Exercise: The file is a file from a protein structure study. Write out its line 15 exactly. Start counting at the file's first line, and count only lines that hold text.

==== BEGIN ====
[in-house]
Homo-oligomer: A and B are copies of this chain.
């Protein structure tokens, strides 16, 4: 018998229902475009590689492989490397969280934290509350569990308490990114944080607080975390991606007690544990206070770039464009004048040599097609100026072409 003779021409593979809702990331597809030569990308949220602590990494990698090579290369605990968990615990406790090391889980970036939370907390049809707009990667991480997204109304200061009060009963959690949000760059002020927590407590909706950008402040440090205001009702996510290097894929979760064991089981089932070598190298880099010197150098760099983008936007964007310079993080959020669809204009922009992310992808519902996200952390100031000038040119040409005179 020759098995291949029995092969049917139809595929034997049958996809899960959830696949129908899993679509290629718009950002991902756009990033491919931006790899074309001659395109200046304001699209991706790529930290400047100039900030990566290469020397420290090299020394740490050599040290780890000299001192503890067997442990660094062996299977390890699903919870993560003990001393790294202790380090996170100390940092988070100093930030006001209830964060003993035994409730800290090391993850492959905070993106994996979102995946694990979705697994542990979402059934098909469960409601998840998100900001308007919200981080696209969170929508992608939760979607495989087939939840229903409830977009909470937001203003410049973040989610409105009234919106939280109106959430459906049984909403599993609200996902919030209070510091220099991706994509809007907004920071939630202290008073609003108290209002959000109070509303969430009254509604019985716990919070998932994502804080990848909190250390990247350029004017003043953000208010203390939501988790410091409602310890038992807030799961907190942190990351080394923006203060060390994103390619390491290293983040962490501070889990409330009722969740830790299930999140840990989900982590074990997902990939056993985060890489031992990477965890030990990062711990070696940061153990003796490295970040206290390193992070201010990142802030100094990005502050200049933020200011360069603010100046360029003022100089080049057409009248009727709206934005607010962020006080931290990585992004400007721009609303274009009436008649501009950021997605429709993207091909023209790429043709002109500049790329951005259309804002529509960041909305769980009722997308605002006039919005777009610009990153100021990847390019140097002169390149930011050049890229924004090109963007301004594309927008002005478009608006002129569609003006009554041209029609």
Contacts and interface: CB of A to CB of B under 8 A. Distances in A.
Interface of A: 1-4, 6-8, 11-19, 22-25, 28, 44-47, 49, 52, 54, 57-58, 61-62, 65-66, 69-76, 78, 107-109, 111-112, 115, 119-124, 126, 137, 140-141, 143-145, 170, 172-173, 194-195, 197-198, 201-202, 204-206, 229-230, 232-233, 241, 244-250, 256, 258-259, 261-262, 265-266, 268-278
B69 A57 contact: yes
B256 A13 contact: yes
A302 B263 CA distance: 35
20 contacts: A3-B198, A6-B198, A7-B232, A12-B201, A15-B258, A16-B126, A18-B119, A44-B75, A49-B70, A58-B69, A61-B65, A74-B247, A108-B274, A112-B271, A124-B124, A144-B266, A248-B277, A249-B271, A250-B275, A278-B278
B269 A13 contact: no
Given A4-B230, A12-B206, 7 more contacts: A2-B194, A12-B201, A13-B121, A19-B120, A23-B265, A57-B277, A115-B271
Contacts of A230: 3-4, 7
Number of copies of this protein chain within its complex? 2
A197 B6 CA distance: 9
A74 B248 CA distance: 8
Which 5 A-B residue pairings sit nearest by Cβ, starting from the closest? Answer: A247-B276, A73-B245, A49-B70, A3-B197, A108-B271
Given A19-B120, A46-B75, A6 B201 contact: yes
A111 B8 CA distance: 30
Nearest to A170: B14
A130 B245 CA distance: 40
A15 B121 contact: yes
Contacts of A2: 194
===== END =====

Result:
A74 B248 CA distance: 8